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8 Ways To Make Your Startup Vision Crystal-Clear To Employees

 

 

How do you go about clearly communicating your startup vision to your team so that each person in the company moves in unison towards executing that vision?

 

 

 

 

The following answers are provided by the Young Entrepreneur Council (YEC), an invite-only organization comprised of the world’s most promising young entrepreneurs. In partnership with Citi, the YEC recently launched #StartupLab, a free virtual mentorship program that helps millions of entrepreneurs start and grow businesses via live video chats, an expert content library and email lessons.

 

1. Run a Campaign

“Help everyone envision the future with aspirational magazine articles describing your company one year from now. Discuss business alternatives in light of what brings the company closer to that vision. Explain why your vision is a preferred future for the team. If you have not grown tired of hearing yourself share the vision, you haven’t shared it enough!”

 

Kevon Saber, Fig

 

 

2. Start in the Hiring Process

“In order to make sure that everyone is moving in unison toward executing a clear vision, make sure they know that vision before they’re hired. If you only hire people who are aligned with the vision, they are much more likely to support that vision in the long run. Many business owners fail to do this and are stuck with people who don’t support the vision, so set the expectation from the start. “

 

Louis Lautman, Supreme Outsourcing

 

 

3. Share Your Painted Picture

“I love Cameron Herold’s book “Double Double” and his exercise called “The Painted Picture.” You can write out how you want your company to look, feel and operate. Then, it’s just a matter of having people in your company read the painted picture you’ve created and help you make it happen.”

 

Nathalie Lussier, The Website Checkup Tool

 

 

 

4. Don’t Deviate From the Message

“If you want your team working in unison, you need to clarify what the vision is — for yourself and for your team — and then stay on-point with this one clear message. Do not deviate. All of your actions and communications should be in line with your core message. “

 

David Ehrenberg, Early Growth Financial Services

 

 

5. Appeal to Emotions

“The vision should be ideological and purposeful, not financial. It should motivate and move people emotionally. It needs to be a purpose-driven vision, not a revenue-driven vision. Every three years, we publish a company “Vision Document” that describes exactly what our company will look like three years from now. We then talk about the vision daily, asking if we’re moving in the right direction.”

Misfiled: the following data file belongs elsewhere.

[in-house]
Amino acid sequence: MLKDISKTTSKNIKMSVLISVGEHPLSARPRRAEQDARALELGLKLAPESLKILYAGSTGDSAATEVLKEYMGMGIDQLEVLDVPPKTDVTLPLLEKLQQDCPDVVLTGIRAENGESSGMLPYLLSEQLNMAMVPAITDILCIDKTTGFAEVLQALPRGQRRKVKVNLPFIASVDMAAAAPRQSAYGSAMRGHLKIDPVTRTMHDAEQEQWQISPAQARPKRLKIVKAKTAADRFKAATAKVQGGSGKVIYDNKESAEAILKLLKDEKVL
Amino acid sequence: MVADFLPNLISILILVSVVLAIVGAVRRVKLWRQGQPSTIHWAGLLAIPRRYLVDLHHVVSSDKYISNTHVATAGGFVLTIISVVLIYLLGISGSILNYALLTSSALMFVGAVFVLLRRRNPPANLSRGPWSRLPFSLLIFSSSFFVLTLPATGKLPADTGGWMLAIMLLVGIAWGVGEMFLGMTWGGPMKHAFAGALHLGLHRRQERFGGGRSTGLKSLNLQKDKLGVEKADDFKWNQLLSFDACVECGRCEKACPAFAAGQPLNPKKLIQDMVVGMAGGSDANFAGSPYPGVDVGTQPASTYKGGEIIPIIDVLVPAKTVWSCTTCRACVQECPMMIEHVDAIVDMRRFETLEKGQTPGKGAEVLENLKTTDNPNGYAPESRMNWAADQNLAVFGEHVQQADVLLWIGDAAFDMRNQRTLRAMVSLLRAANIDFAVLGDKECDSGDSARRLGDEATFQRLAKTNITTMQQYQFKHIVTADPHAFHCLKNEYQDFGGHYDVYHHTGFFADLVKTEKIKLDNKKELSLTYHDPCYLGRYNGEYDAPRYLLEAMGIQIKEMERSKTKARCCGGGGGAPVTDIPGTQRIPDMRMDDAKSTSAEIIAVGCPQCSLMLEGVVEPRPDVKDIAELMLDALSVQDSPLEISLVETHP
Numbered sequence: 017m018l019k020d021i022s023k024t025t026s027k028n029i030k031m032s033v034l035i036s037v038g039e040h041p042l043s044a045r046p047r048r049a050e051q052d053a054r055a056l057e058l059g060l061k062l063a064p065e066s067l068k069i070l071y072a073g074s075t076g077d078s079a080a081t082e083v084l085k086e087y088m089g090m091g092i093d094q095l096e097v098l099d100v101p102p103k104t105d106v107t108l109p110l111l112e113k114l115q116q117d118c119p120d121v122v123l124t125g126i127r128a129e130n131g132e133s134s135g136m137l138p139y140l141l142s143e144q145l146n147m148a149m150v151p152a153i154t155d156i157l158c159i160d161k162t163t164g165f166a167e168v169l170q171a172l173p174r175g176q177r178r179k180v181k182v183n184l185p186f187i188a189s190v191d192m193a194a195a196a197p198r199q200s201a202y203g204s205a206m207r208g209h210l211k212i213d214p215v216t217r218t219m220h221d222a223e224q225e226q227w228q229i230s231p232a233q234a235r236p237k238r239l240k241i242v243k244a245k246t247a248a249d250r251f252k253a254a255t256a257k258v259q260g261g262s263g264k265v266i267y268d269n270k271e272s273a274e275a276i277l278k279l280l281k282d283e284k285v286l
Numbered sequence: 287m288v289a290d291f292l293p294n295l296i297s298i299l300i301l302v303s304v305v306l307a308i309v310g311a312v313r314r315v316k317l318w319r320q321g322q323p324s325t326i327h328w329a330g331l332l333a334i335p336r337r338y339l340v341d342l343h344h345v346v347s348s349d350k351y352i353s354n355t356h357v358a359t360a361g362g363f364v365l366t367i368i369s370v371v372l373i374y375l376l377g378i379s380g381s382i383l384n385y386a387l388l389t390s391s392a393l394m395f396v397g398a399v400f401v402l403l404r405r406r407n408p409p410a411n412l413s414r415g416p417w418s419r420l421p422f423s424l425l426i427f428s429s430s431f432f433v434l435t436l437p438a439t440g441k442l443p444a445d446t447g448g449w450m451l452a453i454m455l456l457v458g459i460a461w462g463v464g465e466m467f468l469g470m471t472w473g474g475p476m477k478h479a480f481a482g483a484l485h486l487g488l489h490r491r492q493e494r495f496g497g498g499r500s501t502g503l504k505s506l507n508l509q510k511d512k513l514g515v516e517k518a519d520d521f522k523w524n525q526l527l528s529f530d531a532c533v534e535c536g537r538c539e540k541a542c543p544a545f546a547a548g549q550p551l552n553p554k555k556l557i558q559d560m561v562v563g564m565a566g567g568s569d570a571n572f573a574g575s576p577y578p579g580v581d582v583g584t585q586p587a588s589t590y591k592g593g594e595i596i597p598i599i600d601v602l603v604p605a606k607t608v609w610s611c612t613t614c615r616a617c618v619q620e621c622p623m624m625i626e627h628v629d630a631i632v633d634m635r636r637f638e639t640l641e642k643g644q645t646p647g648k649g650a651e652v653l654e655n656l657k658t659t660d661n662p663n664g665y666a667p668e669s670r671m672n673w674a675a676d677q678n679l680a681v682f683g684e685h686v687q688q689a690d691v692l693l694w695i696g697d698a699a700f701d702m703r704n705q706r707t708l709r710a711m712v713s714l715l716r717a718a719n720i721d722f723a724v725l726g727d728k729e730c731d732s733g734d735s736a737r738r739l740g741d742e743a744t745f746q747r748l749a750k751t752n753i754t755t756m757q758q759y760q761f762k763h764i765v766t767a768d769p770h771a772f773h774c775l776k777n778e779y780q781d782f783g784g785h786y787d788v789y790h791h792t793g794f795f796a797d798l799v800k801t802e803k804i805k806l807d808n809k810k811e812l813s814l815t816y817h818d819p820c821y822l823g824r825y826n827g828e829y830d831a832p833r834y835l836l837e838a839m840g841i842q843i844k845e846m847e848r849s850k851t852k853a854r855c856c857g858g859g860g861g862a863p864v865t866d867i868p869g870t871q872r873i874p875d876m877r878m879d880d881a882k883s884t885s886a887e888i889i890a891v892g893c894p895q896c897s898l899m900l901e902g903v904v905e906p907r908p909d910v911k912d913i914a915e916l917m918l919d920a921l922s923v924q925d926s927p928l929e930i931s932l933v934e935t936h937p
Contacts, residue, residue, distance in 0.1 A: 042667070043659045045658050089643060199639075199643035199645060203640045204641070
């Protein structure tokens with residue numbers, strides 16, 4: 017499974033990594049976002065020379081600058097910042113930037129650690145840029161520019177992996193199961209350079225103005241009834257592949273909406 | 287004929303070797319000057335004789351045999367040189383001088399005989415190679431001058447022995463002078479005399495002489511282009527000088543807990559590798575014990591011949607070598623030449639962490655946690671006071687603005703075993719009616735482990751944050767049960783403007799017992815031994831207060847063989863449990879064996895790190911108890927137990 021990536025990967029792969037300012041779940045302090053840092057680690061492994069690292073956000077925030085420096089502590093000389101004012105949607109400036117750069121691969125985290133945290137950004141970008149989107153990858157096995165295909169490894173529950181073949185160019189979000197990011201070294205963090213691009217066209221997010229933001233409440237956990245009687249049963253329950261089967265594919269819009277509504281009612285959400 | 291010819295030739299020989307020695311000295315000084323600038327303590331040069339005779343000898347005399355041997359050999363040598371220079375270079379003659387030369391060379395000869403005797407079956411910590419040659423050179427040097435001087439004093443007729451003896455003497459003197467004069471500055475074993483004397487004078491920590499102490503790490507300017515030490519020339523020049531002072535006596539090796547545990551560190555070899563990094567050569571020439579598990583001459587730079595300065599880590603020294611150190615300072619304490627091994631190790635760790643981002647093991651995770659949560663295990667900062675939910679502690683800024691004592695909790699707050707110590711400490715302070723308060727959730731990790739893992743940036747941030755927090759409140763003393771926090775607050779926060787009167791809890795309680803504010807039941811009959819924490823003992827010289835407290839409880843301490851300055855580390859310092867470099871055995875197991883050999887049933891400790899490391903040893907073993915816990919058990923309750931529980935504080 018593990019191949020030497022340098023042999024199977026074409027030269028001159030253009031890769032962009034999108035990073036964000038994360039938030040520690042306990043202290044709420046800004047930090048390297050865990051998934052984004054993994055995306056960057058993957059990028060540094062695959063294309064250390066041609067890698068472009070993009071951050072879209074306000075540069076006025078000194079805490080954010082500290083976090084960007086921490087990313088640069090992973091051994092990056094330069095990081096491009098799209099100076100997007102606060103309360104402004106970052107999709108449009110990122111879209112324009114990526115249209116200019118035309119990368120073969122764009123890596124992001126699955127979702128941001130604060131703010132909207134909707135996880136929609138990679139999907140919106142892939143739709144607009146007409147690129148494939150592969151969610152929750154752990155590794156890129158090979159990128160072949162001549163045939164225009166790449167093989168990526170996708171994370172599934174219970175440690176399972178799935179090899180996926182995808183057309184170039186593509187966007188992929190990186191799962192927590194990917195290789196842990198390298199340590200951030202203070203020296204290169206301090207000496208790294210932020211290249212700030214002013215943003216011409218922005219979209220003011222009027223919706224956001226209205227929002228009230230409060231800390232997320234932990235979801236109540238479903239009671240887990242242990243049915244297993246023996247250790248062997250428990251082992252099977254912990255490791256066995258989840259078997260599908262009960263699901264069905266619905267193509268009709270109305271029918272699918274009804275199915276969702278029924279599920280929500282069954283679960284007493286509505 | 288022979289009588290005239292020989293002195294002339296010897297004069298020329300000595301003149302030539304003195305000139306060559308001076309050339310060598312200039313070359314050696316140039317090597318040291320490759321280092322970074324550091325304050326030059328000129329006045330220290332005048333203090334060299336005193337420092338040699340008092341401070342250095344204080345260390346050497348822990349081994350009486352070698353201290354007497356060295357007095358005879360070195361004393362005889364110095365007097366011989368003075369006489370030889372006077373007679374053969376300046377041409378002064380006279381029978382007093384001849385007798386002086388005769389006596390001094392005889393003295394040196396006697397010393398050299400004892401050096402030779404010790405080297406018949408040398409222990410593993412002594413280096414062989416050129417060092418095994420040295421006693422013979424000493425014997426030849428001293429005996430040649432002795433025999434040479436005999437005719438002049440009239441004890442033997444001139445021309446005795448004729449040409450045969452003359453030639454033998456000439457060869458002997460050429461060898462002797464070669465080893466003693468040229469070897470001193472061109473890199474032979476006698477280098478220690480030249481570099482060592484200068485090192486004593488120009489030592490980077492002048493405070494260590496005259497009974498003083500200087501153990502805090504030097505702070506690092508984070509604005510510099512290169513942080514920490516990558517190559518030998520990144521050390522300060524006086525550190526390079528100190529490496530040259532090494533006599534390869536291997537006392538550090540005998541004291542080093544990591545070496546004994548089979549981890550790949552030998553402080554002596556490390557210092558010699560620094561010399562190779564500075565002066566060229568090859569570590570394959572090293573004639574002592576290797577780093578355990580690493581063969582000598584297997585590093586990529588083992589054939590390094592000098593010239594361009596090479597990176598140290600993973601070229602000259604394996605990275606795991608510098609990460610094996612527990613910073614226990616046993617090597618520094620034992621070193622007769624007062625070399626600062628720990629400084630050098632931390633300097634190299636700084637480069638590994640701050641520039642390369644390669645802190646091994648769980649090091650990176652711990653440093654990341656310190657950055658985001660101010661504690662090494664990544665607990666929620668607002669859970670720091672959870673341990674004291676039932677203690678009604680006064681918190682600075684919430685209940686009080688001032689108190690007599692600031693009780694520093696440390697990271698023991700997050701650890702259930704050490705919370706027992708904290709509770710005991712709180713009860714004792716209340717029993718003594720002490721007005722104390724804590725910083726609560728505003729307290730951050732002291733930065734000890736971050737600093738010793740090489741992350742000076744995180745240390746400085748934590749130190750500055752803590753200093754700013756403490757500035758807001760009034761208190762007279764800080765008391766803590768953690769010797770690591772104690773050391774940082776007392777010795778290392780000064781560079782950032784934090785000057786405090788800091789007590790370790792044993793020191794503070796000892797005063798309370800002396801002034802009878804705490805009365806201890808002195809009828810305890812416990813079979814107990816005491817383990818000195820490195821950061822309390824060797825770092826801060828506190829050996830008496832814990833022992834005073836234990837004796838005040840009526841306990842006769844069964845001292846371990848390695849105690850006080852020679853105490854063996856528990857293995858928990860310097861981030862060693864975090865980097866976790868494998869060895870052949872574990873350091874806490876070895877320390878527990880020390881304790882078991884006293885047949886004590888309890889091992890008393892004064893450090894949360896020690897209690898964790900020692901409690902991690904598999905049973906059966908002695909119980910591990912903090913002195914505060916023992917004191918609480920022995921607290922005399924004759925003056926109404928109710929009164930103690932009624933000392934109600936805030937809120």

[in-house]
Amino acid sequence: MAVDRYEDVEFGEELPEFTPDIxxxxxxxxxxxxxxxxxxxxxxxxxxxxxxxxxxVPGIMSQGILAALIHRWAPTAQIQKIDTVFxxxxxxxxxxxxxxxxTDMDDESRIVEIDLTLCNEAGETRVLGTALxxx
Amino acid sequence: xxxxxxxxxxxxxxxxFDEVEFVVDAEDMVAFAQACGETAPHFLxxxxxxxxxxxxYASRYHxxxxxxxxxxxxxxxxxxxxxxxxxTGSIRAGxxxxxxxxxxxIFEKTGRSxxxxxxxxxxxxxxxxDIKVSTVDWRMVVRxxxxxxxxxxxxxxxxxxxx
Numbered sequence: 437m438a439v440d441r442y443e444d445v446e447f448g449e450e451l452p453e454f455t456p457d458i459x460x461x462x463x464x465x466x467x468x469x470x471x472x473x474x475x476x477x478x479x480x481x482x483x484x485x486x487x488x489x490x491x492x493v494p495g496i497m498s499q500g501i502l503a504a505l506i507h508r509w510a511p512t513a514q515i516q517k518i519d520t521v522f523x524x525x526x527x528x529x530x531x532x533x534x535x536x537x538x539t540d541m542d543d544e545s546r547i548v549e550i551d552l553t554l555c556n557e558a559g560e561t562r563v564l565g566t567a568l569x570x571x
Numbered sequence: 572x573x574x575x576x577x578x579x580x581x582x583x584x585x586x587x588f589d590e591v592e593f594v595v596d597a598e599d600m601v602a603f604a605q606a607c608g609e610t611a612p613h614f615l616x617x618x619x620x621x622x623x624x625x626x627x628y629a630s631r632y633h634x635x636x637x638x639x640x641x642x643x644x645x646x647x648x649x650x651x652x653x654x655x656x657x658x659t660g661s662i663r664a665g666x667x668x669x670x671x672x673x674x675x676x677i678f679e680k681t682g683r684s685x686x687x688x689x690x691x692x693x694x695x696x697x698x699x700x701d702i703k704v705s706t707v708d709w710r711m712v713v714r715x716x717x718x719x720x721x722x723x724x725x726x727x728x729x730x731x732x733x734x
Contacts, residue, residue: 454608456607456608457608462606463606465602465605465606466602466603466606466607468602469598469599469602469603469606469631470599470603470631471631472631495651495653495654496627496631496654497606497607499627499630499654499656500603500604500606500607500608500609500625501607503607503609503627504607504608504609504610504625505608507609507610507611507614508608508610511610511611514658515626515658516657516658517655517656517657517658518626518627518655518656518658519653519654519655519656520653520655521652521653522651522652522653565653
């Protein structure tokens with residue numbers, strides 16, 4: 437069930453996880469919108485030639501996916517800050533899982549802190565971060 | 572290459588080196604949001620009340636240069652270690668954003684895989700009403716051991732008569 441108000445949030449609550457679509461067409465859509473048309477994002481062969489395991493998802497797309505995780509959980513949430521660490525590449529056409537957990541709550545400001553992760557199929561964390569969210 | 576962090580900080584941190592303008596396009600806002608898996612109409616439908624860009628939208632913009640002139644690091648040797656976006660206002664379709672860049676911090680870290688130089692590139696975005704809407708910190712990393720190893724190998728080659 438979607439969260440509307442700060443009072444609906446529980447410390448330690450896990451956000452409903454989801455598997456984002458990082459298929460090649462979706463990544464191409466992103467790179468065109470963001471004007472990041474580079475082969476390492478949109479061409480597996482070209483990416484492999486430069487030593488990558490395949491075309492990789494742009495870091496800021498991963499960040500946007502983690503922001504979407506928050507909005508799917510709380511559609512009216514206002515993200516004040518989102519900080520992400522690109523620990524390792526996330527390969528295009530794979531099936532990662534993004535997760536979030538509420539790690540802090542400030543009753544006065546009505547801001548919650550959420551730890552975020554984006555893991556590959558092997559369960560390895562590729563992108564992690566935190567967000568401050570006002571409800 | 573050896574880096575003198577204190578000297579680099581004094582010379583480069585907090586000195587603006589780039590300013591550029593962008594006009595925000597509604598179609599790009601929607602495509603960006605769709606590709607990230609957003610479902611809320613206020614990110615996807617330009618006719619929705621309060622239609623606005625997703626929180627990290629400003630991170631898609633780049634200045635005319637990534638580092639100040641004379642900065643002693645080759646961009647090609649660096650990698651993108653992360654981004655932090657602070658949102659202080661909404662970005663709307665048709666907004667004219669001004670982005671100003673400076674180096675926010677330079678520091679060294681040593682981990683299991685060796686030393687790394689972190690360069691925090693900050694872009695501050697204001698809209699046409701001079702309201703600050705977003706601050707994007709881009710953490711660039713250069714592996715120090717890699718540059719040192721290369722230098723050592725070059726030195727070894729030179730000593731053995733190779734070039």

Nick Friedman, College Hunks Hauling Junk

 

 

6. Use the Buddy System

“We developed interoffice “how-tos” for each department in order to streamline the training of new hires. People from each department take their on-the-job knowledge and use it to formulate short, informative “decks” that are then uploaded to our company website. That way, new staff members get an overarching view of the company vision and an insider look at their roles from seasoned peers.”

 

Alex Lorton, Cater2.me

 

 

7. Focus on “One Simple Thing”

“It’s the OST (One Simple Thing). What you do should be able to be broken down into an easy-to-understand, emotional, easy-to-remember phrase. At Kenai, “we’re saving the planet.” It’s a rally cry and mantra for everything we do — and my team is constantly repeating it. When you make your values known, and wear them on your sleeve (literally, for us), it’s hard for anyone to forget.”

 

Charles Bogoian, Kenai Sports, LLC

 

 

8. Keep Everyone in the Know

“At Astonish, we have weekly meetings with the executive team, monthly one-on-ones with those on the executive team and monthly company-wide meetings. Meeting with the entire company, sharing presentations and holding webinars is the way we all stay linked and “in the know” about what is going on inside the company. When you all get together, you can see it, taste it and feel it.”

 

Adam DeGraide, Astonish

 

 

Photo Credits

Stuart Miles | freedigitalphotos.net | The YEC

Author : Young Entrepreneur Council

The Young Entrepreneur Council (YEC) is an invite-only organization comprised of the world's most promising young entrepreneurs. In partnership with Citi, YEC recently launched StartupCollective, a free virtual mentorship program that helps millions of entrepreneurs start and grow businesses.

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